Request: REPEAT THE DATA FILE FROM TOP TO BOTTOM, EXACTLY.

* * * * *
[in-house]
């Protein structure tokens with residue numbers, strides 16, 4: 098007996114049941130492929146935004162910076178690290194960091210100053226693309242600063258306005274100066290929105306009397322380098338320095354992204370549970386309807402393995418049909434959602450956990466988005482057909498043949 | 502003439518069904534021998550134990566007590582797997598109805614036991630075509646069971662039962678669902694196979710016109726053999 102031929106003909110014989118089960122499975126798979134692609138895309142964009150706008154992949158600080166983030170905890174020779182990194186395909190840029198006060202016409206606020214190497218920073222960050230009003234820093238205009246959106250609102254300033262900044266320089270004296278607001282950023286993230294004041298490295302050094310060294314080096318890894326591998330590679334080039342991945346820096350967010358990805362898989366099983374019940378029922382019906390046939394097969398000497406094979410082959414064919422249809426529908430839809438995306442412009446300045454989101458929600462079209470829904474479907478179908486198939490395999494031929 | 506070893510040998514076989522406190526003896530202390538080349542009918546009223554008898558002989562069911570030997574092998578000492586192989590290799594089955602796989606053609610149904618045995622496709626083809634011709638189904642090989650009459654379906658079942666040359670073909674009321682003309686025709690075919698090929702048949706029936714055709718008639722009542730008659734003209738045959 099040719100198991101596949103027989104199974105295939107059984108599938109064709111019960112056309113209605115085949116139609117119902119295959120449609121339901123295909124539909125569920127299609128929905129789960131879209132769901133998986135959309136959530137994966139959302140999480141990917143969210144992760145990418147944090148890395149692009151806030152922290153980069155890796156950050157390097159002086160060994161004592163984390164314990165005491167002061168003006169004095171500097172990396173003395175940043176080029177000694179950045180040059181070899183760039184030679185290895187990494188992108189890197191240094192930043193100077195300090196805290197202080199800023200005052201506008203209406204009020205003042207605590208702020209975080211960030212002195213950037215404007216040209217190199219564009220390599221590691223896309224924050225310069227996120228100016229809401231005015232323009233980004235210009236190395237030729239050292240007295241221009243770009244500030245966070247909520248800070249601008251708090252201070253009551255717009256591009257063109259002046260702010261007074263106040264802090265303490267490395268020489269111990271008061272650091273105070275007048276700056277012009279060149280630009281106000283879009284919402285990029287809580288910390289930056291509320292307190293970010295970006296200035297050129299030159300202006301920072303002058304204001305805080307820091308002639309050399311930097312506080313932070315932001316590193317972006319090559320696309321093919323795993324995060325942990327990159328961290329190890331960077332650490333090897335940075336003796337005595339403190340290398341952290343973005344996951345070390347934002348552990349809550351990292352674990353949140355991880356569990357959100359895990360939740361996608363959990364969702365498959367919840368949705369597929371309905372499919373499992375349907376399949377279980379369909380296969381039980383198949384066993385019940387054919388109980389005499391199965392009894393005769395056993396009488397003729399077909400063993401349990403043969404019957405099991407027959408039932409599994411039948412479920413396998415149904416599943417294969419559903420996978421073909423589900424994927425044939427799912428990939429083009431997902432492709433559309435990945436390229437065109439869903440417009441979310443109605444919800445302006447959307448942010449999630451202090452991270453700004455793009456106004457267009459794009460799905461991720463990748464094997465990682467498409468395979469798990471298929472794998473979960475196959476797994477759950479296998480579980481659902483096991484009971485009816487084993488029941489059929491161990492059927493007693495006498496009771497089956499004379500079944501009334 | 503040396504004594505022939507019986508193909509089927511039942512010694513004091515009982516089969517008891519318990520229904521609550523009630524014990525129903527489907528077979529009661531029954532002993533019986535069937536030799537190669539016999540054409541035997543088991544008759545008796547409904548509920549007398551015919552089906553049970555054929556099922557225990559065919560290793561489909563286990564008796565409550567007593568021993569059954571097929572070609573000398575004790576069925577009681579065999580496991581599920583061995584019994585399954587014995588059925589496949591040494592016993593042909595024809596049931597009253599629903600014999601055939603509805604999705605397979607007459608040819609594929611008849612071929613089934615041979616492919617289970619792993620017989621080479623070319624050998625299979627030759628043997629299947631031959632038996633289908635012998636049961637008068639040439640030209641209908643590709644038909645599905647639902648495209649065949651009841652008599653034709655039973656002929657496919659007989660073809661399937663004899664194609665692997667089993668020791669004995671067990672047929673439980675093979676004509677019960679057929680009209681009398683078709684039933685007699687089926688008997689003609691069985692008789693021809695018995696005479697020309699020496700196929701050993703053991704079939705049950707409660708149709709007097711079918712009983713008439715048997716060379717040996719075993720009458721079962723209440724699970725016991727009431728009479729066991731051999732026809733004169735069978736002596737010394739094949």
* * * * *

[in-house]
């Protein structure tokens with residue numbers, strides 16, 4: 098007996114049941130492929146935004162910076178690290194960091210100053226693309242600063258306005274100066290929105306009397322380098338320095354992204370549970386309807402393995418049909434959602450956990466988005482057909498043949 | 502003439518069904534021998550134990566007590582797997598109805614036991630075509646069971662039962678669902694196979710016109726053999 102031929106003909110014989118089960122499975126798979134692609138895309142964009150706008154992949158600080166983030170905890174020779182990194186395909190840029198006060202016409206606020214190497218920073222960050230009003234820093238205009246959106250609102254300033262900044266320089270004296278607001282950023286993230294004041298490295302050094310060294314080096318890894326591998330590679334080039342991945346820096350967010358990805362898989366099983374019940378029922382019906390046939394097969398000497406094979410082959414064919422249809426529908430839809438995306442412009446300045454989101458929600462079209470829904474479907478179908486198939490395999494031929 | 506070893510040998514076989522406190526003896530202390538080349542009918546009223554008898558002989562069911570030997574092998578000492586192989590290799594089955602796989606053609610149904618045995622496709626083809634011709638189904642090989650009459654379906658079942666040359670073909674009321682003309686025709690075919698090929702048949706029936714055709718008639722009542730008659734003209738045959 099040719100198991101596949103027989104199974105295939107059984108599938109064709111019960112056309113209605115085949116139609117119902119295959120449609121339901123295909124539909125569920127299609128929905129789960131879209132769901133998986135959309136959530137994966139959302140999480141990917143969210144992760145990418147944090148890395149692009151806030152922290153980069155890796156950050157390097159002086160060994161004592163984390164314990165005491167002061168003006169004095171500097172990396173003395175940043176080029177000694179950045180040059181070899183760039184030679185290895187990494188992108189890197191240094192930043193100077195300090196805290197202080199800023200005052201506008203209406204009020205003042207605590208702020209975080211960030212002195213950037215404007216040209217190199219564009220390599221590691223896309224924050225310069227996120228100016229809401231005015232323009233980004235210009236190395237030729239050292240007295241221009243770009244500030245966070247909520248800070249601008251708090252201070253009551255717009256591009257063109259002046260702010261007074263106040264802090265303490267490395268020489269111990271008061272650091273105070275007048276700056277012009279060149280630009281106000283879009284919402285990029287809580288910390289930056291509320292307190293970010295970006296200035297050129299030159300202006301920072303002058304204001305805080307820091308002639309050399311930097312506080313932070315932001316590193317972006319090559320696309321093919323795993324995060325942990327990159328961290329190890331960077332650490333090897335940075336003796337005595339403190340290398341952290343973005344996951345070390347934002348552990349809550351990292352674990353949140355991880356569990357959100359895990360939740361996608363959990364969702365498959367919840368949705369597929371309905372499919373499992375349907376399949377279980379369909380296969381039980383198949384066993385019940387054919388109980389005499391199965392009894393005769395056993396009488397003729399077909400063993401349990403043969404019957405099991407027959408039932409599994411039948412479920413396998415149904416599943417294969419559903420996978421073909423589900424994927425044939427799912428990939429083009431997902432492709433559309435990945436390229437065109439869903440417009441979310443109605444919800445302006447959307448942010449999630451202090452991270453700004455793009456106004457267009459794009460799905461991720463990748464094997465990682467498409468395979469798990471298929472794998473979960475196959476797994477759950479296998480579980481659902483096991484009971485009816487084993488029941489059929491161990492059927493007693495006498496009771497089956499004379500079944501009334 | 503040396504004594505022939507019986508193909509089927511039942512010694513004091515009982516089969517008891519318990520229904521609550523009630524014990525129903527489907528077979529009661531029954532002993533019986535069937536030799537190669539016999540054409541035997543088991544008759545008796547409904548509920549007398551015919552089906553049970555054929556099922557225990559065919560290793561489909563286990564008796565409550567007593568021993569059954571097929572070609573000398575004790576069925577009681579065999580496991581599920583061995584019994585399954587014995588059925589496949591040494592016993593042909595024809596049931597009253599629903600014999601055939603509805604999705605397979607007459608040819609594929611008849612071929613089934615041979616492919617289970619792993620017989621080479623070319624050998625299979627030759628043997629299947631031959632038996633289908635012998636049961637008068639040439640030209641209908643590709644038909645599905647639902648495209649065949651009841652008599653034709655039973656002929657496919659007989660073809661399937663004899664194609665692997667089993668020791669004995671067990672047929673439980675093979676004509677019960679057929680009209681009398683078709684039933685007699687089926688008997689003609691069985692008789693021809695018995696005479697020309699020496700196929701050993703053991704079939705049950707409660708149709709007097711079918712009983713008439715048997716060379717040996719075993720009458721079962723209440724699970725016991727009431728009479729066991731051999732026809733004169735069978736002596737010394739094949």